RingLWE(20, 809, Discrete Gaussian sampler for polynomials of degree < 8 with σ=3.000000 in each component, x^8 - x^6 + x^4 - x^2 + 1, 'uniform', None)

__call__()[source]#

EXAMPLES:

sage: # needs sage.libs.pari
sage: from sage.crypto.lwe import DiscreteGaussianDistributionPolynomialSampler, RingLWE
sage: N = 16
sage: n = euler_phi(N)
sage: D = DiscreteGaussianDistributionPolynomialSampler(ZZ['x'], n, 5)
sage: ringlwe = RingLWE(N, 257, D, secret_dist='uniform')
sage: ringlwe()[0].parent()
Vector space of dimension 8 over Ring of integers modulo 257
sage: ringlwe()[1].parent()
Vector space of dimension 8 over Ring of integers modulo 257

>>> from sage.all import *
>>> # needs sage.libs.pari
>>> from sage.crypto.lwe import DiscreteGaussianDistributionPolynomialSampler, RingLWE
>>> N = Integer(16)
>>> n = euler_phi(N)
>>> D = DiscreteGaussianDistributionPolynomialSampler(ZZ['x'], n, Integer(5))
>>> ringlwe = RingLWE(N, Integer(257), D, secret_dist='uniform')
>>> ringlwe()[Integer(0)].parent()
Vector space of dimension 8 over Ring of integers modulo 257
>>> ringlwe()[Integer(1)].parent()
Vector space of dimension 8 over Ring of integers modulo 257

class sage.crypto.lwe.RingLWEConverter(ringlwe)[source]#

Bases: SageObject

Wrapper callable to convert Ring-LWE oracles into LWE oracles by disregarding the additional structure.

__init__(ringlwe)[source]#

INPUT:

EXAMPLES:

sage: from sage.crypto.lwe import DiscreteGaussianDistributionPolynomialSampler, RingLWE, RingLWEConverter
sage: D = DiscreteGaussianDistributionPolynomialSampler(ZZ['x'], euler_phi(16), 5)
sage: lwe = RingLWEConverter(RingLWE(16, 257, D, secret_dist='uniform'))
sage: set_random_seed(1337)
sage: lwe()
((171, 197, 58, 125, 3, 216, 32, 130), ...)

>>> from sage.all import *
>>> from sage.crypto.lwe import DiscreteGaussianDistributionPolynomialSampler, RingLWE, RingLWEConverter
>>> D = DiscreteGaussianDistributionPolynomialSampler(ZZ['x'], euler_phi(Integer(16)), Integer(5))
>>> lwe = RingLWEConverter(RingLWE(Integer(16), Integer(257), D, secret_dist='uniform'))
>>> set_random_seed(Integer(1337))
>>> lwe()
((171, 197, 58, 125, 3, 216, 32, 130), ...)

__call__()[source]#

EXAMPLES:

sage: from sage.crypto.lwe import DiscreteGaussianDistributionPolynomialSampler, RingLWE, RingLWEConverter
sage: D = DiscreteGaussianDistributionPolynomialSampler(ZZ['x'], euler_phi(16), 5)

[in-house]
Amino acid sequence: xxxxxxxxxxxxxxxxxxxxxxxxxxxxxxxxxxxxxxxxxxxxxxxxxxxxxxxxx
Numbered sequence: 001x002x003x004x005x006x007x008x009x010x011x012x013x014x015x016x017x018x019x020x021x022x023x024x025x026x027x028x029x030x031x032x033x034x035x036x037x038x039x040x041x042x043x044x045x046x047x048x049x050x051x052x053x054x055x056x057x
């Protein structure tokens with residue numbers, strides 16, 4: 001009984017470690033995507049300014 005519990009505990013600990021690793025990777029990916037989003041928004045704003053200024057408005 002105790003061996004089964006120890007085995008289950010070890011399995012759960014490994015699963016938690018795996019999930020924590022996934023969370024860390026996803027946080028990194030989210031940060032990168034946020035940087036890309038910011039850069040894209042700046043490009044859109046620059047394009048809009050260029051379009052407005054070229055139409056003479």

sage: lwe = RingLWEConverter(RingLWE(16, 257, D, secret_dist='uniform'))
sage: set_random_seed(1337)
sage: lwe()
((171, 197, 58, 125, 3, 216, 32, 130), ...)

>>> from sage.all import *
>>> from sage.crypto.lwe import DiscreteGaussianDistributionPolynomialSampler, RingLWE, RingLWEConverter
>>> D = DiscreteGaussianDistributionPolynomialSampler(ZZ['x'], euler_phi(Integer(16)), Integer(5))
>>> lwe = RingLWEConverter(RingLWE(Integer(16), Integer(257), D, secret_dist='uniform'))
>>> set_random_seed(Integer(1337))
>>> lwe()
((171, 197, 58, 125, 3, 216, 32, 130), ...)

class sage.crypto.lwe.RingLindnerPeikert(N, delta=0.01, m=None)[source]#

Bases: RingLWE

Ring-LWE oracle with parameters as in [LP2011].

__init__(N, delta=0.01, m=None)[source]#

Construct a Ring-LWE oracle in dimension n=phi(N) where the modulus q and the stddev of the noise is chosen as in [LP2011].

INPUT:

• N – index of cyclotomic polynomial (integer > 0, must be power of 2)

• delta – error probability per symbol (default: 0.01)

• m – number of allowed samples or None in which case 3*n is used (default: None)

EXAMPLES:

sage: from sage.crypto.lwe import RingLindnerPeikert
sage: RingLindnerPeikert(N=16)
RingLWE(16, 1031, Discrete Gaussian sampler for polynomials of degree < 8 with σ=2.803372 in each component, x^8 + 1, 'noise', 24)

>>> from sage.all import *
>>> from sage.crypto.lwe import RingLindnerPeikert
>>> RingLindnerPeikert(N=Integer(16))
RingLWE(16, 1031, Discrete Gaussian sampler for polynomials of degree < 8 with σ=2.803372 in each component, x^8 + 1, 'noise', 24)

class sage.crypto.lwe.UniformNoiseLWE(n, instance='key', m=None)[source]#

Bases: LWE

LWE oracle with uniform secret with parameters as in [CGW2013].

__init__(n, instance='key', m=None)[source]#

Construct LWE instance parameterised by security parameter n where all other parameters are chosen as in [CGW2013].

INPUT:

• n – security parameter (integer >= 89)

• instance – one of

• “key” – the LWE-instance that hides the secret key is generated